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New Crucial Literature: The Science You Need to Know

FIRST Data Indicate Medical Students Who Experience Call Are Better Prepared for Rigors of Residency

Engelhardt KE, Bilimoria KY, Johnson JK, et al. A National Mixed-Methods Evaluation of Preparedness for General Surgery Residency and the Association With Resident Burnout. JAMA Surg. 2020.

Choi JN, Stefanidis D, Dunnington GL. Preparedness for Residency: Now More Than Ever. JAMA Surg. 2020.

Because of increasing recognition of insufficient preparedness for residency, burnout, and attrition among surgical trainees, Engelhardt and colleagues used data from the FIRST (Flexibility In duty hour Requirements for Surgical Trainees) Trial, along with interviews of residents and surgery program directors, to determine factors in the medical school education experience that affect preparedness for residency and rates of burnout symptoms. The data analysis showed that residents who had experienced night call and/or sub-internship(s) as medical students were considered more prepared for residency training and experienced significantly less burnout than residents who were not exposed to these experiences.

In the discussion section of the article, the authors cited data to support the value of actual patient care experiences, including night call during medical school and mentoring from surgical faculty as ways to improve preparedness and reduce burnout. They also stressed that medical school requirements that restrict night call and other potentially valuable types of clinical experiences contribute to preparedness and burnout.

The accompanying editorial by Choi and colleagues emphasizes that an essential element of preparedness for surgical residency is the expectation that medical students provide direct patient care and make clinical decisions without continuous supervision in a demanding and tiring environment, and the resilience that can result from such experiences contributes to a successful surgical career. The authors stressed that all academic surgeons must ensure that medical students have these experiences.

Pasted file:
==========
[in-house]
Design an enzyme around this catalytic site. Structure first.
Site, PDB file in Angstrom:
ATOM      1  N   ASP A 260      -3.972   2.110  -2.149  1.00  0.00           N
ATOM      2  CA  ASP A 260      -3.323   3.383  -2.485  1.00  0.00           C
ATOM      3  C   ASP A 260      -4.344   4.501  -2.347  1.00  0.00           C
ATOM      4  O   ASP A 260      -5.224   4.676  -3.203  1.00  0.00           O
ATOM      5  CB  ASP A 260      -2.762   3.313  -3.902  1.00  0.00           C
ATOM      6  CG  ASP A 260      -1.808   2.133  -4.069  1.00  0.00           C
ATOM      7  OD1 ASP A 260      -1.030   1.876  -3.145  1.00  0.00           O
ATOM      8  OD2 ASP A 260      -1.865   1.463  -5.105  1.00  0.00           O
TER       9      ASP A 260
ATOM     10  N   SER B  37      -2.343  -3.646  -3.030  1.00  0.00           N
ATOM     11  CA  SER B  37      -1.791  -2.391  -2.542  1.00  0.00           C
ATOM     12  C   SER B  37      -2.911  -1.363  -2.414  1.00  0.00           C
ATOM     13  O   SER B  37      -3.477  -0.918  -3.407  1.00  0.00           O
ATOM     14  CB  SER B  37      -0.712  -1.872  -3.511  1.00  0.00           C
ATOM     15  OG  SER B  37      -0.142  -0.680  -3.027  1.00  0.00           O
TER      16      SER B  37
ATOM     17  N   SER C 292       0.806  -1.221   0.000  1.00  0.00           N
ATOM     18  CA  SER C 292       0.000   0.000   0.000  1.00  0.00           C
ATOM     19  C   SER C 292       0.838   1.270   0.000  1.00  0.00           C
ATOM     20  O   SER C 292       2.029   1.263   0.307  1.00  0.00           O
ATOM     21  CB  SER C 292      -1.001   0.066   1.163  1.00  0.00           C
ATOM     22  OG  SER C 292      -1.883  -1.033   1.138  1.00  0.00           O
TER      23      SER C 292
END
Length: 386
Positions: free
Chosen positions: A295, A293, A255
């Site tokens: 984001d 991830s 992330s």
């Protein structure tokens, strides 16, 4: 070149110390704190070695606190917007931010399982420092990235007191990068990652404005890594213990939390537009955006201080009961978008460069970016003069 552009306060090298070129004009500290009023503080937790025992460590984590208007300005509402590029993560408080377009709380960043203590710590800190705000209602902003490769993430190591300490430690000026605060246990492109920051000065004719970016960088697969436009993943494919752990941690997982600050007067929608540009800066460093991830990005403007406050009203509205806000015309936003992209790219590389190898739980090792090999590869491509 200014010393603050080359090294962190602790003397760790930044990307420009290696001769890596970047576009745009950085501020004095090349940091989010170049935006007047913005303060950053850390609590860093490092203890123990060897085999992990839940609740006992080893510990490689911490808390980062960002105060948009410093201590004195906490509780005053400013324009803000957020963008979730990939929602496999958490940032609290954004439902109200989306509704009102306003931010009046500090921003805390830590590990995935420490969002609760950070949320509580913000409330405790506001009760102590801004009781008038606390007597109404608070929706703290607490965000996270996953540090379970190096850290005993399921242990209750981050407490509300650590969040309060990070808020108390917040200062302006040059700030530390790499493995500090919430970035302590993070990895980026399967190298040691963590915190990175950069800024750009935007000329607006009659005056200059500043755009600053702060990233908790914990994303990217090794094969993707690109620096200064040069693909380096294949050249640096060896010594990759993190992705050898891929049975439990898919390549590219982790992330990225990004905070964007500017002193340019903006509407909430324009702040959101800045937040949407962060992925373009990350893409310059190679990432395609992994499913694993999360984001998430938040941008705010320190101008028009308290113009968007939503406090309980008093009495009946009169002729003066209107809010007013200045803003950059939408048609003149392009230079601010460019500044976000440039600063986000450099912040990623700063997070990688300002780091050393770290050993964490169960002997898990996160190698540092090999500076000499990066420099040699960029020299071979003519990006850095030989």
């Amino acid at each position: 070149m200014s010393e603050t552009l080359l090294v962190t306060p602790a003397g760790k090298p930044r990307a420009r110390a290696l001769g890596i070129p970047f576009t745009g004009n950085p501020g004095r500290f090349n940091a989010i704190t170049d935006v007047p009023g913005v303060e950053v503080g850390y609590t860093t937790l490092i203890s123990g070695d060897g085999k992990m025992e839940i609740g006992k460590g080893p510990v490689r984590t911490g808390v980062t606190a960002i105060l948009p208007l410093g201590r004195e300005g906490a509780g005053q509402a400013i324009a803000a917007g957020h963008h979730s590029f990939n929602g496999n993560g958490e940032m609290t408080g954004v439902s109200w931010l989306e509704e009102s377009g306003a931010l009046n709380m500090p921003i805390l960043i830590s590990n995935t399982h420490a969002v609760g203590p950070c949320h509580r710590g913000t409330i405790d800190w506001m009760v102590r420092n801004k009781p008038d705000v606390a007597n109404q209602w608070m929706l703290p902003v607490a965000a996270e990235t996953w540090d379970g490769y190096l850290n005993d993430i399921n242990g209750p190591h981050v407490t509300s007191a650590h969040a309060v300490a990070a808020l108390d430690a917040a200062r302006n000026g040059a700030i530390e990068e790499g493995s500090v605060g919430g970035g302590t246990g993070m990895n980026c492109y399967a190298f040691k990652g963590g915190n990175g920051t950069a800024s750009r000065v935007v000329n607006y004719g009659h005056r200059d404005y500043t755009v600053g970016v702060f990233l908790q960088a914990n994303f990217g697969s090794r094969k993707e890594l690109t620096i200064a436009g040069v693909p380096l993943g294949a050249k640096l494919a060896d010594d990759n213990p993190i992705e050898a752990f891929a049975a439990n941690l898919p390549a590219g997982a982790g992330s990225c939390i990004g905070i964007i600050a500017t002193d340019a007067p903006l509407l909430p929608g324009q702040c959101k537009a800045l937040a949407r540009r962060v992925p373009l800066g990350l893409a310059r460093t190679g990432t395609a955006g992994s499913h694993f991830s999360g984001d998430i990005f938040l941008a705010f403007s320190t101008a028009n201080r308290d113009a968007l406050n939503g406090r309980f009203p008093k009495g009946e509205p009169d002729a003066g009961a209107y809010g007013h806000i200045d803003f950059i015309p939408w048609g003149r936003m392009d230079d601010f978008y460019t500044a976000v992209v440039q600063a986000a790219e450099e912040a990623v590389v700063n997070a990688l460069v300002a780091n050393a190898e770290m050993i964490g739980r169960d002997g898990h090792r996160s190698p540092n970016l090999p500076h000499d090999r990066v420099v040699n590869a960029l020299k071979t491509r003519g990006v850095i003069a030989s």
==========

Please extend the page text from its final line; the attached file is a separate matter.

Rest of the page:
Study Shows Preoperative Metformin May Reduce Mortality

Reitz KM, Marroquin OC, Zenati MS, et al. Association Between Preoperative Metformin Exposure and Postoperative Outcomes in Adults With Type 2 Diabetes. JAMA Surg. 2020:e200416.

George EL, Wren SM. Improving Outcomes After Surgery-An Old Medication With Unexpected Benefits. JAMA Surg. 2020:e200417.

Reitz and colleagues report propensity-matched data on more than 10,000 diabetic patients who underwent a major operation; that is, a procedure that requires general anesthesia and a postoperative inpatient admission in a single health system. The study sought to determine a possible effect of preoperative metformin use on postoperative outcomes, including mortality and rates of readmission. The study identified lower 90-day mortality and readmission rates in patients who had used metformin preoperatively.

The authors suggest that the anti-inflammatory effects of metformin might explain the observed reductions in mortality and readmissions. Additional data reported in the article showed evidence of reduced inflammation (reduced neutrophil to lymphocyte ratio) in patients who had taken metformin.

In the accompanying editorial, George and Wren note that metformin has now joined beta-blockers, statins, and immuno-nutrition as preoperative agents that are associated with reduced postoperative mortality and morbidity. They emphasize that metformin was used with statins in more than 60 percent of study participants, which raises the question of whether metformin alone is beneficial. They urge additional research.

Proper Draping during Cricothyroidotomy Can Reduce Aerosolization

Issa N, Liddy WE, Samant S, et al. Emergency cricothyroidotomy during the COVID-19 pandemic: How to suppress aerosolization. Trauma Surg Acute Care Open. 2020(5).

Cricothyroidotomy is a rare but often lifesaving procedure performed during emergency airway management of injured and critically ill patients. The procedure is associated with significant risk of exposure to aerosol droplets that may transmit the COVID-19 virus. Issa and colleagues note that clinical practice guidelines are available for procedures, such as a tracheostomy, bronchoscopy, endoscopy and other procedures required for treatment of COVID-19 patients but are lacking for cricothyroidotomy.

In this study, general surgeons and otolaryngologists evaluated three draping methods (X-ray cassette drape, dry versus wet operating room towels) to determine effectiveness of aerosol suppression, availability of equipment and ease of use. Aerosol suppression was assessed with fluorescein dye spray. Each surgeon performed simulated cricothyroidotomy using a porcine trachea with each of the draping methods. The results showed that all draping methods were effective in suppressing aerosolization; however, the wet towel drapes were judged superior because of availability and ease of use.

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